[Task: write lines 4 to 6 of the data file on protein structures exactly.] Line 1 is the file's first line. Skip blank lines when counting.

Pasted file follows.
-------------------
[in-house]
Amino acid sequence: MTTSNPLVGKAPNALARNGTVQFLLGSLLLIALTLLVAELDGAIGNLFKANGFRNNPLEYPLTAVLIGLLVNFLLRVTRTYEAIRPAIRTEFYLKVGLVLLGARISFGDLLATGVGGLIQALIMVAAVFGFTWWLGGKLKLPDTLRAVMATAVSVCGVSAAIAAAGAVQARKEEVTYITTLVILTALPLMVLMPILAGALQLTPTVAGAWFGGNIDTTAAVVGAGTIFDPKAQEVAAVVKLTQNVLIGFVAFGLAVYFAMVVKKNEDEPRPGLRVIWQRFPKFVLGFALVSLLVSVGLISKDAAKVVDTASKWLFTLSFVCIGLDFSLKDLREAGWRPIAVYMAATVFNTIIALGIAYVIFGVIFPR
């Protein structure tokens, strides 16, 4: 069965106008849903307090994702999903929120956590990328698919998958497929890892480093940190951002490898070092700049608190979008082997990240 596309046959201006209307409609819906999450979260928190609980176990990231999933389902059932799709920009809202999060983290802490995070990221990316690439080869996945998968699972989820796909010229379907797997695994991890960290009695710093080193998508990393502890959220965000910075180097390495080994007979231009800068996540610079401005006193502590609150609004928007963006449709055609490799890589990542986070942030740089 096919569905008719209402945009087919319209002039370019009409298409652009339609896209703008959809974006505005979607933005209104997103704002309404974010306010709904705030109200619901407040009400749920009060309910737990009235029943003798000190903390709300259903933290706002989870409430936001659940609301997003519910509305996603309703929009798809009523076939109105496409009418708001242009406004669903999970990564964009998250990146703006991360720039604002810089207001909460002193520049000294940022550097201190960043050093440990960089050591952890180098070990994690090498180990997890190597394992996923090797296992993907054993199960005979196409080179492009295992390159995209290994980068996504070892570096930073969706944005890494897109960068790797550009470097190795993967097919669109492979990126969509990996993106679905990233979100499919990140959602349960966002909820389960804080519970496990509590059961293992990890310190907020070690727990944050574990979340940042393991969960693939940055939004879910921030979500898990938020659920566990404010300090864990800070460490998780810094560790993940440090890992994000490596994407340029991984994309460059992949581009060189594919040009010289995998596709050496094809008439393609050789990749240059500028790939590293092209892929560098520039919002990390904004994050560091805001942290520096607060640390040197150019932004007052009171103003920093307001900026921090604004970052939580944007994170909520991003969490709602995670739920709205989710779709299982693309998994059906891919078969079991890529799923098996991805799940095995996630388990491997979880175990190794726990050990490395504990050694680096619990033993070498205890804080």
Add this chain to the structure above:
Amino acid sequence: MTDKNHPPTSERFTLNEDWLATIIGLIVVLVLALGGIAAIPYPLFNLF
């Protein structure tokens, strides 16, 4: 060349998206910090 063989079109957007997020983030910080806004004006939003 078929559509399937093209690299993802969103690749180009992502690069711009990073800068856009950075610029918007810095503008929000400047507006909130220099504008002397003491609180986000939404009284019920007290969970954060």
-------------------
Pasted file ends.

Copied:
Add this chain to the structure above:
Amino acid sequence: MTDKNHPPTSERFTLNEDWLATIIGLIVVLVLALGGIAAIPYPLFNLF
């Protein structure tokens, strides 16, 4: 060349998206910090 063989079109957007997020983030910080806004004006939003 078929559509399937093209690299993802969103690749180009992502690069711009990073800068856009950075610029918007810095503008929000400047507006909130220099504008002397003491609180986000939404009284019920007290969970954060």